Belmont Club

The March of Folly

A long time Belmont Club commenter sends this link to a report by the Independent Institute called the Anatomy of a Train Wreck: Causes of a Mortgage Meltdown. He writes: “It is one of the best pieces that I’ve seen on the mortgage meltdown. It is especially interesting in that it uses foreclosure data to show that the problem was not a subprime mortgage problem, but a mortgage problem full stop, resulting from relaxed underwriting driven by political agendas.”

This report concludes that, in an attempt to increase home ownership, particularly by minorities and the less affluent, virtually every branch of the government undertook an attack on underwriting standards starting in the early 1990s. Regulators, academic specialists, GSEs, and housing activists universally praised the decline in mortgage-underwriting standards as an “innovation” in mortgage lending. This weakening of underwriting standards succeeded in increasing home ownership and also the price of housing, helping to lead to a housing price bubble. The price bubble, along with relaxed lending standards, allowed speculators to purchase homes without putting their own money at risk.

Another long-time reader of the Belmont Club offers thoughts about the other side of the family coin: not the housing bubble, but the deflation of family size. His suggestion is that just as housing speculators relied upon an endlessly rising market to keep the bubble rising, Western publics are relying on a never ending growth in transfer payments to keep the retirement benefits coming.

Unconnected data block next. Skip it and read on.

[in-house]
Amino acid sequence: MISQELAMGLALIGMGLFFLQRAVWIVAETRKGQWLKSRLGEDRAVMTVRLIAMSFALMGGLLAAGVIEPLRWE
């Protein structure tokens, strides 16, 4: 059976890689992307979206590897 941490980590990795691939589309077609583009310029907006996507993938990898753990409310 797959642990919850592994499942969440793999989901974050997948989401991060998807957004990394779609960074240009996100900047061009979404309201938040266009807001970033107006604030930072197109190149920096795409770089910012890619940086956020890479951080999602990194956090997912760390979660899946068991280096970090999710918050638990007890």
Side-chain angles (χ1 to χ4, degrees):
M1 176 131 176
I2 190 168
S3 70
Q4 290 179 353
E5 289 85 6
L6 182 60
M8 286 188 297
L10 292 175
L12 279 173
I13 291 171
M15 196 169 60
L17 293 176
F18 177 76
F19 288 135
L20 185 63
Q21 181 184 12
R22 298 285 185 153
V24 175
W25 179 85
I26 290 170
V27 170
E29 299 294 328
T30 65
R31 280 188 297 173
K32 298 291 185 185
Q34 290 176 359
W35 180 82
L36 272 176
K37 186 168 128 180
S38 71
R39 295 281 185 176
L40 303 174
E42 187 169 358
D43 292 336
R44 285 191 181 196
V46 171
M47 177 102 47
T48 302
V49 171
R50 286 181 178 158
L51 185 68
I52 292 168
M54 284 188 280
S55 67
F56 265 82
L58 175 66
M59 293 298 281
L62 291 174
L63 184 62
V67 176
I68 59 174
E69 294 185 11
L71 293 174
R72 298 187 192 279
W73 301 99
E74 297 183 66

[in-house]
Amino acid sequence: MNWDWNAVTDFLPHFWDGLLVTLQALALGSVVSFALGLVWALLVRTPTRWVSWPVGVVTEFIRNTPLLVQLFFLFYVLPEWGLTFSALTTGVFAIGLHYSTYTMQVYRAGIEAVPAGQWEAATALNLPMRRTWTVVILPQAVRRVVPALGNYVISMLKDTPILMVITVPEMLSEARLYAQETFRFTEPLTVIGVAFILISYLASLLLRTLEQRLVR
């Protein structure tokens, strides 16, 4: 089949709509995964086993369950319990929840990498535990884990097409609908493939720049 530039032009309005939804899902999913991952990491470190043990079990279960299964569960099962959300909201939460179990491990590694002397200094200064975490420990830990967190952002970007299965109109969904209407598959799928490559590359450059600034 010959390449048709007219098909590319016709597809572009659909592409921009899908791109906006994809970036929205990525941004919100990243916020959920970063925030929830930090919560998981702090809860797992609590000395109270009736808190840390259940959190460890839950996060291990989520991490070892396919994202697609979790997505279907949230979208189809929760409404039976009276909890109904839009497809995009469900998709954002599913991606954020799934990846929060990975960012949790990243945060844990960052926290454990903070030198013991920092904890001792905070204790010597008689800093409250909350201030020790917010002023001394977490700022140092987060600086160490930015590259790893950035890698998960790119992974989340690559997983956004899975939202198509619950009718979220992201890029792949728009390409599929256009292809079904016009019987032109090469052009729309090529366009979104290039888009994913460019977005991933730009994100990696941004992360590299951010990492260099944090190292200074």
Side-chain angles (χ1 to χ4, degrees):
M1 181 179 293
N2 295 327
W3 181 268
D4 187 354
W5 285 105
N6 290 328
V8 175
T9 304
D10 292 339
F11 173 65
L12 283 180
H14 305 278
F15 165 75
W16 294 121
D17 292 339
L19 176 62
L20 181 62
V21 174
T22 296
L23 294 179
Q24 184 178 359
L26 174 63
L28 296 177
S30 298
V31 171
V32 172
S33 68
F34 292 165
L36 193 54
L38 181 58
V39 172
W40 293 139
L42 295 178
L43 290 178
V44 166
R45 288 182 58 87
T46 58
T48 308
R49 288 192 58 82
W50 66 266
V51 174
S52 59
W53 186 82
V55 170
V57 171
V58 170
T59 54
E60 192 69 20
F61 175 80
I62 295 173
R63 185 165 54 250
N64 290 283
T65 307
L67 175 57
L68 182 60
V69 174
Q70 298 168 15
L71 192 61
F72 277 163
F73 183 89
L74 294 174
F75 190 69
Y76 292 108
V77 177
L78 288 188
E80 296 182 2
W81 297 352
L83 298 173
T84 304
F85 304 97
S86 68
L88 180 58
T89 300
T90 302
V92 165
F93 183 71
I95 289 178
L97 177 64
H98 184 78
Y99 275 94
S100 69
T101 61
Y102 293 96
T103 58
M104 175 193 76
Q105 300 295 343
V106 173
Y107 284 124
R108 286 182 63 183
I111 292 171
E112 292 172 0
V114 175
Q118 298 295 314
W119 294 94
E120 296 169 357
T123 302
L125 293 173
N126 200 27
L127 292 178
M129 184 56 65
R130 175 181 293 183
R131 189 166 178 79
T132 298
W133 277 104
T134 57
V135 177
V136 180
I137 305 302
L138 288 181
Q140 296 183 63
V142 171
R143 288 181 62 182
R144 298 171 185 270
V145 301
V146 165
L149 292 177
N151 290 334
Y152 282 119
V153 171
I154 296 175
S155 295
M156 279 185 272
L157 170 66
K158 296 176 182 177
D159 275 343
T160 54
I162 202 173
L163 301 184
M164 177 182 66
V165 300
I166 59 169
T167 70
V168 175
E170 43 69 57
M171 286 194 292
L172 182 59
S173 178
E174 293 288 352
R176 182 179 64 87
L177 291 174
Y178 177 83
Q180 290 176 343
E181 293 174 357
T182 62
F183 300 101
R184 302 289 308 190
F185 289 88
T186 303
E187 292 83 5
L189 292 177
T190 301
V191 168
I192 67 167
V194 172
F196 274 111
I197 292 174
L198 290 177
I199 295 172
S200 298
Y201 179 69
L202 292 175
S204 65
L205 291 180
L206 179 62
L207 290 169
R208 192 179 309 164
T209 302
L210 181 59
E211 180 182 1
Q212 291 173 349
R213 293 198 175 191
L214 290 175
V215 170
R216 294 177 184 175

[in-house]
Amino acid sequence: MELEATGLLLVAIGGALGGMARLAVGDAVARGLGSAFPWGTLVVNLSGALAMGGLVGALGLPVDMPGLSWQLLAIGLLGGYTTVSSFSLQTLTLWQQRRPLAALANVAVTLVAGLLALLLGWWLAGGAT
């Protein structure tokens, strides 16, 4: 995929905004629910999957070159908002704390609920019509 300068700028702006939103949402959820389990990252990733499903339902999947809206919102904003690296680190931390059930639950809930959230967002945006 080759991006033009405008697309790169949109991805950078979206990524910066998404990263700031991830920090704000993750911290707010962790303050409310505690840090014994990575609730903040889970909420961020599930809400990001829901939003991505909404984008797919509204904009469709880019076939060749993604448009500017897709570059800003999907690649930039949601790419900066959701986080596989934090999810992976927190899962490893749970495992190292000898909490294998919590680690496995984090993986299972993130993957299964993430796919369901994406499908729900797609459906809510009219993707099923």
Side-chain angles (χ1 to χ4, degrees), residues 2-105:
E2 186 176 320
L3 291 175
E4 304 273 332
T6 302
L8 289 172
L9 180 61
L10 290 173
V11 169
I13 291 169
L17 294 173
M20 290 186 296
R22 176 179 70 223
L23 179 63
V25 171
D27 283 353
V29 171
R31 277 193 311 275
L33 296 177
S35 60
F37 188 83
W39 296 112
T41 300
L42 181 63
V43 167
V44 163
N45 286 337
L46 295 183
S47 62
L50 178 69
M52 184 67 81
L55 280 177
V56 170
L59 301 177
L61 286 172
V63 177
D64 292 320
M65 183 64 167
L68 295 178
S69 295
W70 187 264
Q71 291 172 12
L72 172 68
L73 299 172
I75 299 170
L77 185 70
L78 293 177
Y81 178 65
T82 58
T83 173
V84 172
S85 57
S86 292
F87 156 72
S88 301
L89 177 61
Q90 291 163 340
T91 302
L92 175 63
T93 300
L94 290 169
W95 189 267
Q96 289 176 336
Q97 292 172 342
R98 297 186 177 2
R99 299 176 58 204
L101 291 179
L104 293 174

Why the long decline in population growth in Europe and other advanced economies? The conventional wisdom is that as economies advance, the opportunities for all increase, including those of women, who no longer worry as much about child-rearing since they can make money for a long time first (My wife is an example: she is an MD, and now 32, and only now is the biological clock ticking. Time to make a baby. But she only wants two).

There’s an alternate explanation for the decrease in population growth: the nanny state makes it unnecessary. If you are unsure of your ability to care for yourself in the future, through retirement savings or whatever, your incentive to have a larger family who can support you is much greater. Farmers used to have more kids so they’d have more manual labor.

But if the state promises to care for you no matter what, this incentive is gone.

In the old days, it was understood clearly what manhood was: start a family, provide for it, defend it if necessary, yourself. With all of those things now outsourced to the state, what is the point of life? Does this not lead to a certain kind of slow creeping nihilism? And if there’s no point, why make a large family?

This is the ultimate legacy of the baby boomers in Europe and to a lesser extent in the US. They overturned all known traditions in the 1960s, then started the accelerated the central power of the state in the decades since. And now we see the results. Just a thought.

But will the music stop playing one day? And will we be suprised if (when) it does?